Balkan Travel Blog: Things To Do In Ohrid Macedonia
Witten by travel writer Giulia.
The Ottoman houses on the shore of lake Ohrid are veiled in the morning mist as if they were white ghosts against a blanket of white. This enveloping whiteness hovers over the wooden boats scattered around the lake and swallows the crown of houses ranged around it. Nevertheless, I know how beautiful the view is, having seen countless postcard-perfect pictures of this UNESCO-listed Lake, which is one of the oldest in the world.
When tourists are gone, and winter is in the air, Ohrid becomes again the picturesque lakeside town that has enchanted visitors since the Byzantine Empire. The pale light of the sun reflects on deserted cobbled streets, and this glowing fog melts in time with the footfalls of the few people wandering around. The ancient stones drenched with rain emanate a wet, winterish smell, which –here and there- is abruptly interrupted by the warm smell of oven-baked burek.
The churches are scented with incense. Ohrid is well-known for its churches, which were 365 originally –one for each day of the year- a feature which won it the epithet of “the Jerusalem of the Balkans”. Ohrid’s churches, as well as its architecture, span more than two millennia, but this is just one of the reasons why this enchanting city is recognized by UNESCO.
Actually, it is one of the 28 UNESCO World Heritage Sites that are on both the Cultural and the Natural lists. I didn’t stumble upon any celebrations inside Ohrid’s churches. Rather, I always found a profound silence only occasionally interrupted by footsteps tiptoeing on the marble floorings: a solemn atmosphere I bet you can only find during this time of the year when the town becomes quiet and idyllic again.
Unlike with my usual ‘travel-style,’ I visited a lot of churches when in Ohrid, starting off with an ambitious plan in the early morning, but then slowly adopting a more Balkan approach as the day passed by. This implied Turkish coffees at a typical Macedonia cafe, Skopsko beers, some meaty snacks and the ubiquitous Ohrid trout, which is the protagonist of the traditional cuisine of the area and the only thing that the Macedonian shore has in common with the Albanian side across the lake.
The area is also well-known for its centuries-old tradition of wine making. Macedonians love to drink, and Ohrid’s porches overlooking the lake are the perfect place to do it. During the summer, all these lakeside cafés are bustling, but now the paved promenade is empty, and everything looks more authentic. Even the accordion player at a fancy restaurant goes for Tose Proeski’s very Macedonian songs rather than the international repertoire of the summer.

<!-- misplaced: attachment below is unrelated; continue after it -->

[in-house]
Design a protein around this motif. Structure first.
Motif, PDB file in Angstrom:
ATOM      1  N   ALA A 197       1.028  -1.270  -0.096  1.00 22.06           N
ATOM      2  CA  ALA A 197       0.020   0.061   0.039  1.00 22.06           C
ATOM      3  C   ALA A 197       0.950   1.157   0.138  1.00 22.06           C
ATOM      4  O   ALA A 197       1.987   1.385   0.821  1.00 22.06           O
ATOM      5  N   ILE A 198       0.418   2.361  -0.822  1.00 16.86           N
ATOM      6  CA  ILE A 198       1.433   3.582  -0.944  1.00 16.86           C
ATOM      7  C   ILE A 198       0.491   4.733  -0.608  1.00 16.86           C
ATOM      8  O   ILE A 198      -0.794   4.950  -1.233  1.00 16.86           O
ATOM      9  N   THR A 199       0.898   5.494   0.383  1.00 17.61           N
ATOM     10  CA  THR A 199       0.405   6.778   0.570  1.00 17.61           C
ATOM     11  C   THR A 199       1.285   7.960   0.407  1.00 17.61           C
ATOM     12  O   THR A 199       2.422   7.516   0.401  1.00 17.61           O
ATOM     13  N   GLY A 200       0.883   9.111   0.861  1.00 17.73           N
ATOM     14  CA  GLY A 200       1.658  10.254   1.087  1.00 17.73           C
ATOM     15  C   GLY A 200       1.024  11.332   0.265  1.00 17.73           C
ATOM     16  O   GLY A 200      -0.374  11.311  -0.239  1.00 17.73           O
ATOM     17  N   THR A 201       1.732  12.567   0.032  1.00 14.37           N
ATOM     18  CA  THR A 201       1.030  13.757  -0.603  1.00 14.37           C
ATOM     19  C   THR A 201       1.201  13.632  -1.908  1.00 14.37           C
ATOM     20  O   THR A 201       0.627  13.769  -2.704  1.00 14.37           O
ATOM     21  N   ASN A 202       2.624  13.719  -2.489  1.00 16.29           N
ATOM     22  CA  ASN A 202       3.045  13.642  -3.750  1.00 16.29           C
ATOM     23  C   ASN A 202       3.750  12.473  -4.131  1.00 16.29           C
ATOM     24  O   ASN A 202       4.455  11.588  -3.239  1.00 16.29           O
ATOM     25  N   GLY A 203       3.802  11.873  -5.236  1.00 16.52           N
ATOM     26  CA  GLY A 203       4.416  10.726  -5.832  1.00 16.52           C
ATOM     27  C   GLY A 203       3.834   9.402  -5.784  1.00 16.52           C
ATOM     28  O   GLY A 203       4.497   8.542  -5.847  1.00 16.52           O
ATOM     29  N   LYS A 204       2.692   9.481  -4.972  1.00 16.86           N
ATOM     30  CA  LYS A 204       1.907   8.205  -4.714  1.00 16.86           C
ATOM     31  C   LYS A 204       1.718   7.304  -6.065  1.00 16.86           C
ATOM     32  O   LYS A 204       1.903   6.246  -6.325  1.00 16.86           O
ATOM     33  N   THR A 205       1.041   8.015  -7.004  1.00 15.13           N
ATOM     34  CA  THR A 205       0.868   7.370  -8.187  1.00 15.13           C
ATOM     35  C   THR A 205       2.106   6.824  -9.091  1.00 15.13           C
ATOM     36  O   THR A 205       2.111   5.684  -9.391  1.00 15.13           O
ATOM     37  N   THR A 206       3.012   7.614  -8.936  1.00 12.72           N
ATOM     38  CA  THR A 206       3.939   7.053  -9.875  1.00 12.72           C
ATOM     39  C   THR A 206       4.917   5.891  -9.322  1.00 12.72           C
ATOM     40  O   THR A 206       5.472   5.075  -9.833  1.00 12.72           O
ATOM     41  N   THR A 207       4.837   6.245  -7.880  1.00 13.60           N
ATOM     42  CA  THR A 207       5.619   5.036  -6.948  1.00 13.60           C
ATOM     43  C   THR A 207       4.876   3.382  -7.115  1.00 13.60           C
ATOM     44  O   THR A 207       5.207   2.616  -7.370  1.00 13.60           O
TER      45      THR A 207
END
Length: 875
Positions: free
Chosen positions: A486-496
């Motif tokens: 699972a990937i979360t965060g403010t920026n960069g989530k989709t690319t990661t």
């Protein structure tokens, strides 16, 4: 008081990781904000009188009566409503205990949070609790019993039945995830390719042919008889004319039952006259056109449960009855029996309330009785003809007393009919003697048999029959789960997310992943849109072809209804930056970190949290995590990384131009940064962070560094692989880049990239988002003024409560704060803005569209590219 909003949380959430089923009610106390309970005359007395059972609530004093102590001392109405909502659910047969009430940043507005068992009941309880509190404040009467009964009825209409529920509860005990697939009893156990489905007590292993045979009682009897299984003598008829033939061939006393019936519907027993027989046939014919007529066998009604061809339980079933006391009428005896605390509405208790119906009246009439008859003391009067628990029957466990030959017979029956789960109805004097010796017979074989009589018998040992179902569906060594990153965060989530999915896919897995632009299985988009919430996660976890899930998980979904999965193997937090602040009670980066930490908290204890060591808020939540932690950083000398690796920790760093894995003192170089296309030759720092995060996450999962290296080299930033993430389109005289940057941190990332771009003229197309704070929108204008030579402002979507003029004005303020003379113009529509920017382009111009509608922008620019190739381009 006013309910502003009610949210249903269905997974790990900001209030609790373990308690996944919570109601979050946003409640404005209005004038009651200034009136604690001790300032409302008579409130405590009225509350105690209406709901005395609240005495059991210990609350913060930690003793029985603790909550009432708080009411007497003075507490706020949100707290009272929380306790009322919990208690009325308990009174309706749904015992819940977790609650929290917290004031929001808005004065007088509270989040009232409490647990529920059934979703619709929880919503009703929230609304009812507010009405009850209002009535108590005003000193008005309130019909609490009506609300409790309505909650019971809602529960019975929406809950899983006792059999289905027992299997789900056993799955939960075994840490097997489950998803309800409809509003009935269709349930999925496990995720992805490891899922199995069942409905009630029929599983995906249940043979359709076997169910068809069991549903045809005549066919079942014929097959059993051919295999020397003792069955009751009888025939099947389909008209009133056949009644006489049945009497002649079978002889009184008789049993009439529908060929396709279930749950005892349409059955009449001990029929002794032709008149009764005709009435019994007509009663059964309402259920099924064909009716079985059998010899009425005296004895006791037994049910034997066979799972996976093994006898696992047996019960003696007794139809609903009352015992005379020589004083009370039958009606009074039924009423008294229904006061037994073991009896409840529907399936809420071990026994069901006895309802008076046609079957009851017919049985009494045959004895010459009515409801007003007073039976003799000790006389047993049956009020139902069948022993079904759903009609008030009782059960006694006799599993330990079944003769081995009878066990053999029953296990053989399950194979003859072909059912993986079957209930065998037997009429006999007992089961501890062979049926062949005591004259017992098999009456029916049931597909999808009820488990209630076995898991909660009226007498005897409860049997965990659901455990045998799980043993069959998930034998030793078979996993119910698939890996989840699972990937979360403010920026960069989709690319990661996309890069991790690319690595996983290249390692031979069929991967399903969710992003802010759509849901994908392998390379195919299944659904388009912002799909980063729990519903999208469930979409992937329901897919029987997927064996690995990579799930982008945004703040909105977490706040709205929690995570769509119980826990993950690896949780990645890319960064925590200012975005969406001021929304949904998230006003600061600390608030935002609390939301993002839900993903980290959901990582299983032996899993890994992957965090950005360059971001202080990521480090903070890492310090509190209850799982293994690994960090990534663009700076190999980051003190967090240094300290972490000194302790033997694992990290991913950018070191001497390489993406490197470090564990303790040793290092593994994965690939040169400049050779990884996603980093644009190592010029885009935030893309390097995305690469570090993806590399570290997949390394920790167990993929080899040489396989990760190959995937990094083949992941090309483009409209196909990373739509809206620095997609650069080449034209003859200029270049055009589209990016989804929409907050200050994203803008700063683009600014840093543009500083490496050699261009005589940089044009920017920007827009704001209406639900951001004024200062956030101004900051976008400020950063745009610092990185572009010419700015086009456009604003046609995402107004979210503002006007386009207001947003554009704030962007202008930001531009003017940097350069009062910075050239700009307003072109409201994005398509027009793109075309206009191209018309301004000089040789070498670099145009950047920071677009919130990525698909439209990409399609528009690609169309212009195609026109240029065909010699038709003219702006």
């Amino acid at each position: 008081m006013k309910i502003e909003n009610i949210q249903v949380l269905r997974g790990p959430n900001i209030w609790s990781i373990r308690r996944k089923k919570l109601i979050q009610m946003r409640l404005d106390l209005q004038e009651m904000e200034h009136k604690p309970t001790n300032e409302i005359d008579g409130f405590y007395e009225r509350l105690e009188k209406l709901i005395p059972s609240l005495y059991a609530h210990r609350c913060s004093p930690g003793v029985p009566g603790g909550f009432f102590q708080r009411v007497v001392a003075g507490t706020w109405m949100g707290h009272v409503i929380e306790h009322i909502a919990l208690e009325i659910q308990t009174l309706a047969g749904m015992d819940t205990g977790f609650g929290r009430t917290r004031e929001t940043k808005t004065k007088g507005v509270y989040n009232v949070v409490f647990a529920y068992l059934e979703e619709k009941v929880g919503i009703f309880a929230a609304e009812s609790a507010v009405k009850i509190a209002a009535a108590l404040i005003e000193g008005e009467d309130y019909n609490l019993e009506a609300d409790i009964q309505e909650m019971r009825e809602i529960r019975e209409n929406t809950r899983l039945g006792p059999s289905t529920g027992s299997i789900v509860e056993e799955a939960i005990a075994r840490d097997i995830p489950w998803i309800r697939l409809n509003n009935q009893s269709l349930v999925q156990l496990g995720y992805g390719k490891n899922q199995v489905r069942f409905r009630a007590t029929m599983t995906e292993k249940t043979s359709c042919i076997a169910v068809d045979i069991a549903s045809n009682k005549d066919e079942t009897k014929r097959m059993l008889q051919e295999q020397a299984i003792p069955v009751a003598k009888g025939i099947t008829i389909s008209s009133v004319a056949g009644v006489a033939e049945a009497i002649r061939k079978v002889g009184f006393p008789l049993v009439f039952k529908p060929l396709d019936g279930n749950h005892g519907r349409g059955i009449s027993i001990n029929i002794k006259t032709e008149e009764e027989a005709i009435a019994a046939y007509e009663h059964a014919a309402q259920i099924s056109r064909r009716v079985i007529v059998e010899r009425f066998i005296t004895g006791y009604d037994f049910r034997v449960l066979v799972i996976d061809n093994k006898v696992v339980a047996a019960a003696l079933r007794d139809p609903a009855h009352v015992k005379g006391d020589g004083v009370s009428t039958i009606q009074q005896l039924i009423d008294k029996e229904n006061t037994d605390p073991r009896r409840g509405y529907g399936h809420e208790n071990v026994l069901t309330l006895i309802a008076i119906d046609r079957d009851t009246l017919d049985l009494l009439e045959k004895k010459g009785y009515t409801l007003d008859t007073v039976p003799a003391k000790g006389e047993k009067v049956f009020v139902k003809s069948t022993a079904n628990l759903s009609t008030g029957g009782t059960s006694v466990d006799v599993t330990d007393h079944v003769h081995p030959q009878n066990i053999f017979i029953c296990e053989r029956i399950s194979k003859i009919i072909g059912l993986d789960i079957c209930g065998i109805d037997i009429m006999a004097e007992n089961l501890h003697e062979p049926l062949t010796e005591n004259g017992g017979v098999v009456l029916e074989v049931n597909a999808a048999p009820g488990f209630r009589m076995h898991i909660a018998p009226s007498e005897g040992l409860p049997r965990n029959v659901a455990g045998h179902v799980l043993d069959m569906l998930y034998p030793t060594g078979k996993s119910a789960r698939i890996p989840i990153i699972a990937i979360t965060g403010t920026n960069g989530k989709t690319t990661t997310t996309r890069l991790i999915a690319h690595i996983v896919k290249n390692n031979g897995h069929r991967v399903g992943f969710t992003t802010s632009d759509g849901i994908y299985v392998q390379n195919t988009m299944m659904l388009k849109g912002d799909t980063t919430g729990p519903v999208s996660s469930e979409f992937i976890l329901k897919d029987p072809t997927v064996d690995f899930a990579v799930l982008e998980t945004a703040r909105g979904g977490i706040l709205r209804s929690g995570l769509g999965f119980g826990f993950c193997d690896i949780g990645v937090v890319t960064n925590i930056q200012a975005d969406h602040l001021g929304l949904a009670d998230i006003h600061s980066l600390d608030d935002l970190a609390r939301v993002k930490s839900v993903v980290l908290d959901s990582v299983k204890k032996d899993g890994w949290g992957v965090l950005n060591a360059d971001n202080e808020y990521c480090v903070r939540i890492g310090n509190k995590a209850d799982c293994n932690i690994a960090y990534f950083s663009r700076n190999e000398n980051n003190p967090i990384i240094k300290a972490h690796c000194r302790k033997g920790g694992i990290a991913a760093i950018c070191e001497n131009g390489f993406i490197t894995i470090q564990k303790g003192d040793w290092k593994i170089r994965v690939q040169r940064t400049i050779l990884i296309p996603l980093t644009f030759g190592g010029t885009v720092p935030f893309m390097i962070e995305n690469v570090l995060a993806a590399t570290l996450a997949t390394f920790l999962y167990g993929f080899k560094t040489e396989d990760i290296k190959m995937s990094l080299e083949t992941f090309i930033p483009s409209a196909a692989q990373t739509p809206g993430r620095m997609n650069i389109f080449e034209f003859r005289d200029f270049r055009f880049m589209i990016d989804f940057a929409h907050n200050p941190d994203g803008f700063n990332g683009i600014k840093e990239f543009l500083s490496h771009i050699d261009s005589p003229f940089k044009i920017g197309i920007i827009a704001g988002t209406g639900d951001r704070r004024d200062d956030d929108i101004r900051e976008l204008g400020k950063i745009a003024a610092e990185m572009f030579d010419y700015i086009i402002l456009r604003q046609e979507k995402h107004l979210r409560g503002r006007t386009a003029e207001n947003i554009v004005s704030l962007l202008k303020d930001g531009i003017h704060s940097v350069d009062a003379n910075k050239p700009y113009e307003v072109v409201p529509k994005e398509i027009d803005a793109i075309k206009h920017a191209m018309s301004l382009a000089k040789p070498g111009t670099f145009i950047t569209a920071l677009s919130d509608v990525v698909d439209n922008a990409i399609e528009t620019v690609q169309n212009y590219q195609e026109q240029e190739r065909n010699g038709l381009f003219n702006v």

When the music stops, the only sound I can hear is the rhythmic percussion of waves on sand. As I watch them coming and going, I can’t help thinking about the time when I was on the other side of the lake, on the Albanian shore. The two experiences could not be more different: the touristy, postcard-perfect Macedonian outline of the Ottoman houses and the rough, neglected jumble of concrete on the Albanian side. Anyone who has visited both sides of Ohrid Lake knows that these two landscapes are not a just lake, but a whole world apart.
Things To Do In Ohrid
Ohrid is well-known for its ancient churches, among which the most popular are St. Pantelejmon, the oldest Slav Monastery in Europe, St. Sophia, from the 11th century, the Holy Mother of God Perivleptos, well-known for its frescoes, and St. John Kaneo, which is picturesquely situated on the cliff. Or you could take a day trip and head to the Monastery of St Naum.
Besides beautiful frescoes and theological representations, Ohrid’s churches preserve a collection of more than 800 Byzantine-style icons dating from the 11th to the end of the 14th century.
Ohrid is one of the few UNESCO sites inscribed both for its cultural and natural values, so don’t forget to enjoy its UNESCO-listed lakefront, or even take a boat ride on the lake! To make it easy, jot down these nine must-see things to do in Ohrid.
- Marvel at The Ancient Theatre of Ohrid
- Wander The Monastery of Sveti Naum
- Get Back To Nature at National Park Galičica and Visit St. Jovan of Kaneo Monastery
- Snoop Through The Robevci Family House Museum
- Check Out St. Clement Church
- Admire The Frescos of the Church of St. Sophia – Sveti Sofia
- Head to Tsar Samuil’s Fortress
- Buy an Ohrid Pearl
Where Is Ohrid Macedonia & How To Get There?
Ohrid is 170km away from Skopje, the country’s capital city. You can either catch the public bus from Skopje Bus Station, which will take 3 hours, or rent a car and drive for 2.5 hours along the most scenic routes in the country.
Where To Sleep In Ohrid Macedonia?
Besides the stunning hotels, in Ohrid, you can sleep in a well-preserved, traditional late-Ottoman houses that have turned into family-owned bed-and-breakfasts for a genuinely charming experience!
What To Eat In Ohrid Macedonia?
Macedonian cuisine is very similar to other Balkan cuisines. A popular national dish is the “Tavče Gravče”, a bean soup, while in the area surrounding Lake Ohrid several traditional dishes are made out of trout.
Main photo credit: Jaime Perez